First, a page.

Users Learn to Unify Data with One-Stop Simatic IT XHQ

The Benefits and Value of Operations Intelligence Are Only Realized When Users Take Action Based on Better Information

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A place for everything and everything in its place. This good advice from Mom hasn’t always made it through to manufacturing operations, and even less so to their many diverse and traditionally disjointed data processing systems.

To combat this confusion and give operators and managers a unified view of their operations and performance, some developers are trying to gather these data sources together and present them in a unified format that’s closer to real time. One of the most significant of these efforts is Siemens Energy & Automation’s Simatic IT XHQ operations intelligence (OI) software.

Ibrahim El-Sayeed
“The value of operations intelligence is only realized when users take action based on better information.” Siemens’ Ibrahim El-Sayed walked Automation Summit attendees through how the company’s XHQ application can be used to build dashboards and other visualization tools.
To show users how Simatic IT XHQ works and give them some much-needed education about it, Siemens offered a one-day “Operations Intelligence” pre-conference training course a day before the opening of the 2008 Siemens Automation Summit this week at Navy Pier in Chicago. The daylong training session was presented by Ibrahim El-Sayed of Siemens E&A’s pre-sales product consulting and solutions division.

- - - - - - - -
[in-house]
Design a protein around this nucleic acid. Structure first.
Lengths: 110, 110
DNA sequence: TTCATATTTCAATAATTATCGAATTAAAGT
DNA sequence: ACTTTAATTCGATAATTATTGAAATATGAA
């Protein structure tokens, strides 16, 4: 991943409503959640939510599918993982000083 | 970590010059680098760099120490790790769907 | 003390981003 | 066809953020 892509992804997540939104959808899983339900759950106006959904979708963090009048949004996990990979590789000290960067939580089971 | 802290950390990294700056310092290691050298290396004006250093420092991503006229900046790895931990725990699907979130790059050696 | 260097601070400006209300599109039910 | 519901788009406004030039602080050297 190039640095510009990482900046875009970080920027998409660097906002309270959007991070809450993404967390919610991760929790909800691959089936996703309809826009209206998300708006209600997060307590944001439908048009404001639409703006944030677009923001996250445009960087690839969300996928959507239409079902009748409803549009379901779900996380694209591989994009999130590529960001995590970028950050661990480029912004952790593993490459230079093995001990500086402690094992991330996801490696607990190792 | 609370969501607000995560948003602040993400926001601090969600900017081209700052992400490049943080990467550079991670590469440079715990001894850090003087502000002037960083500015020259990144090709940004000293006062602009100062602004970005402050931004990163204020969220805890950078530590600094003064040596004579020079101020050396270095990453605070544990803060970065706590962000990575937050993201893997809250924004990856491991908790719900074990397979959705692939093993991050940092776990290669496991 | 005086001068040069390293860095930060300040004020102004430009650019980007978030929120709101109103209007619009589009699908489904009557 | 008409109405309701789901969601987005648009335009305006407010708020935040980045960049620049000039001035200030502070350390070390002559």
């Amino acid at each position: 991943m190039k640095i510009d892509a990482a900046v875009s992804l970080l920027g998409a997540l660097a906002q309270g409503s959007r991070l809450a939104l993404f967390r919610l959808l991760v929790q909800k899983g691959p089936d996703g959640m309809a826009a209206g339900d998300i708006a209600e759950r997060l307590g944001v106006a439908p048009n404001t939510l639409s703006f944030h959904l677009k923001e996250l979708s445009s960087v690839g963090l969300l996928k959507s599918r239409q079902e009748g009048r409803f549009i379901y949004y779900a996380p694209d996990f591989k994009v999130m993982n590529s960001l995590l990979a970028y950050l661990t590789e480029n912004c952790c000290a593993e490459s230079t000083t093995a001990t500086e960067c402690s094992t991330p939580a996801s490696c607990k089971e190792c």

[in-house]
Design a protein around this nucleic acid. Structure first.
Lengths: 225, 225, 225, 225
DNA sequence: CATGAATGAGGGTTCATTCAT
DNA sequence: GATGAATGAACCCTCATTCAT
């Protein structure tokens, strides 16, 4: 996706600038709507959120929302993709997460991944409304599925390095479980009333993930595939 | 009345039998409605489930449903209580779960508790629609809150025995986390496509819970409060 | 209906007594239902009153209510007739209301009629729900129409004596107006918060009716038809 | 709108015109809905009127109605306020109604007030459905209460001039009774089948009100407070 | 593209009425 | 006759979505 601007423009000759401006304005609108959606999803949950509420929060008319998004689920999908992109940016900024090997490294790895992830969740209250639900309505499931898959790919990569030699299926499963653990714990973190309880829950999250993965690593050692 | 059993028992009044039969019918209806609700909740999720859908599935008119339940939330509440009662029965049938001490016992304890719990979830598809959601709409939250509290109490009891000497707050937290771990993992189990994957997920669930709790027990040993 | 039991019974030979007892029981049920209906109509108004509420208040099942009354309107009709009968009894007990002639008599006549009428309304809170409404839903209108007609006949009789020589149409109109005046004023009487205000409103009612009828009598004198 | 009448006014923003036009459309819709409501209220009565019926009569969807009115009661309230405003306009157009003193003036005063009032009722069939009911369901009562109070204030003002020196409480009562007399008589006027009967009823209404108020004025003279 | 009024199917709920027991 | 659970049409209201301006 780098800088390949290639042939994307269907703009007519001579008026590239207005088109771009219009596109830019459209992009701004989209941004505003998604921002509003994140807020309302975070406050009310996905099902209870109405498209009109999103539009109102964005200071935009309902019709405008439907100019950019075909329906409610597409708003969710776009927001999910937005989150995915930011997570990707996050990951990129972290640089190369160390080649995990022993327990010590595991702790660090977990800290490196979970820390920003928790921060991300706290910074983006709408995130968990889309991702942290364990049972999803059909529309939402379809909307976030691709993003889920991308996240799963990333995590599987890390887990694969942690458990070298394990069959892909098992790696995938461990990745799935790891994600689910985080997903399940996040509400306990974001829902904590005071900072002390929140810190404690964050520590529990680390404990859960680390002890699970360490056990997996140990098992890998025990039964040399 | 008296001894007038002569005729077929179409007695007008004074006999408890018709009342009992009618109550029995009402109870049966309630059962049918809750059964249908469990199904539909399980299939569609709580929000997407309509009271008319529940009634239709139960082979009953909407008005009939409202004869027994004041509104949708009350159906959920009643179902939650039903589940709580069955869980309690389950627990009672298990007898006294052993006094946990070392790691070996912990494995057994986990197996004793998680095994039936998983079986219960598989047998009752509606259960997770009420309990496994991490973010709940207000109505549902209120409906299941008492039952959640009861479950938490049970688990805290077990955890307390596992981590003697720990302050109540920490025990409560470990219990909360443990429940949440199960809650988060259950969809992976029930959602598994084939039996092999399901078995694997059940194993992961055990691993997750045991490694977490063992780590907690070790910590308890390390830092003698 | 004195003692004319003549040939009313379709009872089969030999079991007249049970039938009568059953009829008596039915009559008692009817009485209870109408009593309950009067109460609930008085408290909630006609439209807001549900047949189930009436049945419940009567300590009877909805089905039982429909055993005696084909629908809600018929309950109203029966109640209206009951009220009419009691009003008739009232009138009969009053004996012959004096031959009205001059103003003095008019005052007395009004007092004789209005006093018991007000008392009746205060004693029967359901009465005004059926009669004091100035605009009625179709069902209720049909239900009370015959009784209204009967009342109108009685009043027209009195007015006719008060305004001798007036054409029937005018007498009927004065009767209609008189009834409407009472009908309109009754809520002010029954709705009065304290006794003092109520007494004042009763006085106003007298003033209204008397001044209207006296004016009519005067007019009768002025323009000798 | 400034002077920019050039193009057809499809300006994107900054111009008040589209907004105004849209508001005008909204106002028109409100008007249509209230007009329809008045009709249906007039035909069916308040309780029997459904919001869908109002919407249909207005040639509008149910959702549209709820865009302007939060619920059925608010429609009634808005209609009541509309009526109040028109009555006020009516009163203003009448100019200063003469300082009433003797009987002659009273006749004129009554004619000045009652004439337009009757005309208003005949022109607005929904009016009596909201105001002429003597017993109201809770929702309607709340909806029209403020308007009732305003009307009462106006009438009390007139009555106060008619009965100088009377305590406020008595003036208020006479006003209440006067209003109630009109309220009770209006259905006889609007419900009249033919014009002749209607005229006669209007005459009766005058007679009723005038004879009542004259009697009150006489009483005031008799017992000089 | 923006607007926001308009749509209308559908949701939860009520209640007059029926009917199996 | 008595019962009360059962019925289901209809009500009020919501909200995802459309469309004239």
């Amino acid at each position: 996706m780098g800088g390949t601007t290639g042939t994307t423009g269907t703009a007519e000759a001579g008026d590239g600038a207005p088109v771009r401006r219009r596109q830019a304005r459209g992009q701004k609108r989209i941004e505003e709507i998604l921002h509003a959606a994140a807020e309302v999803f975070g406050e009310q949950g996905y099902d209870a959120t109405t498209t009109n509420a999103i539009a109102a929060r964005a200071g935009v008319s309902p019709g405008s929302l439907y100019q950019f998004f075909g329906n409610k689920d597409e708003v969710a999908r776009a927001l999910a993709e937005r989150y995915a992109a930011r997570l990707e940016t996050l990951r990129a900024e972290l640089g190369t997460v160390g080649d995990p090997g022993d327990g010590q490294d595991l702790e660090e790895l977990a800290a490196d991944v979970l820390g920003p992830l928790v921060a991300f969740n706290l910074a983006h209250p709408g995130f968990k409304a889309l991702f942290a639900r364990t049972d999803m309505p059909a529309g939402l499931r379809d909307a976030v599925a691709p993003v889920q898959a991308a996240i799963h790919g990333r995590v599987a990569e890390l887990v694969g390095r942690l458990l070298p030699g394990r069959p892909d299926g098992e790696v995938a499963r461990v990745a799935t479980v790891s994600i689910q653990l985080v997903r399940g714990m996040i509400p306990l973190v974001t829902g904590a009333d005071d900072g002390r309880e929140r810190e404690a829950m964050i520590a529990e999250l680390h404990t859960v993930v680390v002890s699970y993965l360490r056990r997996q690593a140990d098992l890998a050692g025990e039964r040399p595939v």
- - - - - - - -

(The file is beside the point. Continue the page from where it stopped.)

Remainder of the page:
“There are two basic parts to operations intelligence. The first is ‘How is my process doing now relative to my plan?’ and the second is ‘What should I do to maximize my contribution to the company?” said El-Sayed. “However, until now, manufacturing IT data has been in many detached silos because users have hundreds of computer systems, hundreds of thousands of measurements and different tags, and millions of records. As a result, users said they need access to multiple systems at once, which had been difficult and time-consuming for casual users, because information often wasn’t timely or complete. This pushed decisions further up in the structure of many businesses because many decision-makers didn’t know what the others were doing. This is why users want common information and efficient data flow.”